C. A. "Dutch" Ruppersberger, the 3rd District councilman representing the Hunt Valley, Reisterstown, Owings Mills and Cockeysville areas of Baltimore County, said he does not want to overreact to slow market conditions and is awaiting results of a feasibility study of the area before he announces his recommendation for the site.

But Owings Mills is still a big draw for homeowners because it is near the Metro and the I-795 Northwest Expressway, which links Owings Mills with the Baltimore Beltway.

The Lipman Frizzell & Mitchel report notes that entry-level housing has flourished in Owings Mills because of earlier employment growth and low interest rates for mortgages.

To help put middle-income families into new homes, Baltimore County provided $150,000 in federal block grant money. The money will supplement $300,000 from Owings Mills New Town's developer, Ahmanson Developments Inc., to provide up to $15,000 per home to help middle-income families pay the down payment and closing costs on a new home in Owings Mills New Town.

The funds will be in the form of second mortgages on Federal Housing Administration first mortgages that need only be repaid when the house is sold.

Families can apply for the county portion of the funds with a maximum income of $24,350 for one person and up to $49,950 for a family of eight. The developer-sponsored money will be available for a family of any size earning up to $39,600, which is 90 percent of the median household income in Baltimore County.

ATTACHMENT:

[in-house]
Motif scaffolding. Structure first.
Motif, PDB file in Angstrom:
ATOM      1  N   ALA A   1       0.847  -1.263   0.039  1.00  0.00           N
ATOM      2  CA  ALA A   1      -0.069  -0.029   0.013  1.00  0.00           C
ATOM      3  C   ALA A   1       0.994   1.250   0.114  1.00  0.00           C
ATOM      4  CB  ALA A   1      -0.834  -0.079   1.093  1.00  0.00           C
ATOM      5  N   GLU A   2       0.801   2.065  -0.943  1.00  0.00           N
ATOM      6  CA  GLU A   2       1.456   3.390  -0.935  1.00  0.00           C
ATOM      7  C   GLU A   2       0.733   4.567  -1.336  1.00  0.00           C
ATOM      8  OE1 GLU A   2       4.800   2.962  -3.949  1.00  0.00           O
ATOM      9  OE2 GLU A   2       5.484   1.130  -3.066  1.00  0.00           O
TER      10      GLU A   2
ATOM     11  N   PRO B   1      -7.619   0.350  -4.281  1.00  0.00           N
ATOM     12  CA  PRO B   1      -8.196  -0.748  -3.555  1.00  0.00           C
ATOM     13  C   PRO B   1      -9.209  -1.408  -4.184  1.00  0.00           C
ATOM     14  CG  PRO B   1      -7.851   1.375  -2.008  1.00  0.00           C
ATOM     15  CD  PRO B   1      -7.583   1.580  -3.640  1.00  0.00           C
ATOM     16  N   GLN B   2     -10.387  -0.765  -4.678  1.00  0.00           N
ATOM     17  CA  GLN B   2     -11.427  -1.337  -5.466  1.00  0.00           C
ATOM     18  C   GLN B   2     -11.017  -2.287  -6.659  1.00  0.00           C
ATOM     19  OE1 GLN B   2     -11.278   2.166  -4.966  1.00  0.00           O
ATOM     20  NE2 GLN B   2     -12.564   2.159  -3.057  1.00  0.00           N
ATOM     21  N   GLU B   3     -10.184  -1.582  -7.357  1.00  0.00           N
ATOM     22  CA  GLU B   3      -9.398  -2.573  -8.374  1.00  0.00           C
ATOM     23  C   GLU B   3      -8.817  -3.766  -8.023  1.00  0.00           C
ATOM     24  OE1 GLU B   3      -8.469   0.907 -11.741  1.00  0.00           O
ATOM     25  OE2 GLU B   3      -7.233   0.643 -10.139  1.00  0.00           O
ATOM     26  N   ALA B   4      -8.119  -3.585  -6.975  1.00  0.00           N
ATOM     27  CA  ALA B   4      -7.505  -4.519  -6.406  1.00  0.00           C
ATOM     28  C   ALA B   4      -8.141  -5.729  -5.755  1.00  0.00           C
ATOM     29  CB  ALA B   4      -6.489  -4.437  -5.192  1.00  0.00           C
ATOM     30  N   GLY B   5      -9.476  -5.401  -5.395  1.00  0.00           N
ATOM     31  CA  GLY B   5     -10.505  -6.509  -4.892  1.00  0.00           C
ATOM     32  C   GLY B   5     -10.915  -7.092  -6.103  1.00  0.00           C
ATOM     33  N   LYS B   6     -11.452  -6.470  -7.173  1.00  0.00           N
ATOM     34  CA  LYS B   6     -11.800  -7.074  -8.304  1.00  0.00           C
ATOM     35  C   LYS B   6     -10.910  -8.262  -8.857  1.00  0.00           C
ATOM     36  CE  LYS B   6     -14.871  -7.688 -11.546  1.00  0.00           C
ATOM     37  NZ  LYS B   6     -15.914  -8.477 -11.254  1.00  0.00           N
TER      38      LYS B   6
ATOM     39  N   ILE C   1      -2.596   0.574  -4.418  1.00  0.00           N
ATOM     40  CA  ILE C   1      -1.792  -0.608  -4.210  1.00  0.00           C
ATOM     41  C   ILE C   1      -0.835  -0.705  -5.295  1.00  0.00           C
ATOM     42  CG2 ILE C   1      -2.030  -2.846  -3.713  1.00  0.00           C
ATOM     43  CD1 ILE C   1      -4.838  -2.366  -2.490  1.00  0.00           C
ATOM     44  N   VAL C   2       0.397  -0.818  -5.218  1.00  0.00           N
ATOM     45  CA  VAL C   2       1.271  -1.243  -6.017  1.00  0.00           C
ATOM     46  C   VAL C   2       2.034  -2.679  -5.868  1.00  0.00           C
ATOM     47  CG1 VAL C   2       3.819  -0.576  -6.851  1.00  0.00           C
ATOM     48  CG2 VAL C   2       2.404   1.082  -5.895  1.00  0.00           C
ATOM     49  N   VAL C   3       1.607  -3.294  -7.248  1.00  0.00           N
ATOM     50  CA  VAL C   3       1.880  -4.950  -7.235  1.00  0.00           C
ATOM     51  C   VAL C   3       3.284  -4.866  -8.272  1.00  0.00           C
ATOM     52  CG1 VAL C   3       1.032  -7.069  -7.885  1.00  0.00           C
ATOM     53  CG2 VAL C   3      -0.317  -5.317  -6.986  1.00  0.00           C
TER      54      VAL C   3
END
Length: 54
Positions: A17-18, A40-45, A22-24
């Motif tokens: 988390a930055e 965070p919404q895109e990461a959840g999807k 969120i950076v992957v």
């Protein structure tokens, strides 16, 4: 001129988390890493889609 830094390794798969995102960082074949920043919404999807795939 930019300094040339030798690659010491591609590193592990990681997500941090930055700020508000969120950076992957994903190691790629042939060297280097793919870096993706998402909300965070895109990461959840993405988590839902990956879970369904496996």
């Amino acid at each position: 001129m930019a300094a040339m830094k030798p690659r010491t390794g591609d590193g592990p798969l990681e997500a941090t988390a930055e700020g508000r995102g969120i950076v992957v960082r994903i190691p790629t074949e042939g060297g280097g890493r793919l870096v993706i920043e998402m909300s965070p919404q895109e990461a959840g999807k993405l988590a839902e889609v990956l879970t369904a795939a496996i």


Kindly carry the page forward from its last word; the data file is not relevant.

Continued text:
Administering the funds is the Enterprise Social Investment Corp. of Columbia, a subsidiary of the Enterprise Foundation. Jesse Chancellor, the fund's loan and development officer, said the program recently received FHA approval and the program will be taking applications by the end of the month.

James K. Griffin Jr., vice president of Ahmanson Developments, said the financing assistance was a condition for county approval of the Owings Mills New Town development. "We wanted to give an extra push to help put people into their first home," he said.

The funding will help put families into the moderately priced condominiums and town houses that have been steady sellers in Owings Mills. Builders with houses costing more than $200,000 have had more trouble selling, and a few builders recently have scaled back in size and amenities to keep prices low.

Responding to the demand for moderately priced homes, Mr. Griffin said he is trying to develop more town house projects in the lower price ranges and a midrise condominium project.

But in the wake of a slow residential and commercial real estate market, the loss of the lake was a severe blow to Owings Mills. Considered central design element in the County Master Plan, the 100-acre lake was to be surrounded by nature trails and bike paths. Fishing and boating facilities were to be located on the lake. Environmental regulations blocked the permit for creation of a lake by damming the Red Run trout stream.

Some residential development in New Town and a hotel-conference center were to overlook the lake.

The lack of financing for commercial development may have halted development of the hotel-conference center even before the loss of the lake, Mr. Griffin said. Nature trails still are planned beside the stream.

"The lake could have been a drawing card and now all the recreational amenities are lost," Mr. Lipman said. "It is an unfortunate loss for Owings Mills as a growth area. Water is a magnet, and they are not going to have it."

County planners are seeking environmentally sound alternatives that would attract commercial development, Mr. Dillon, the senior planner, said.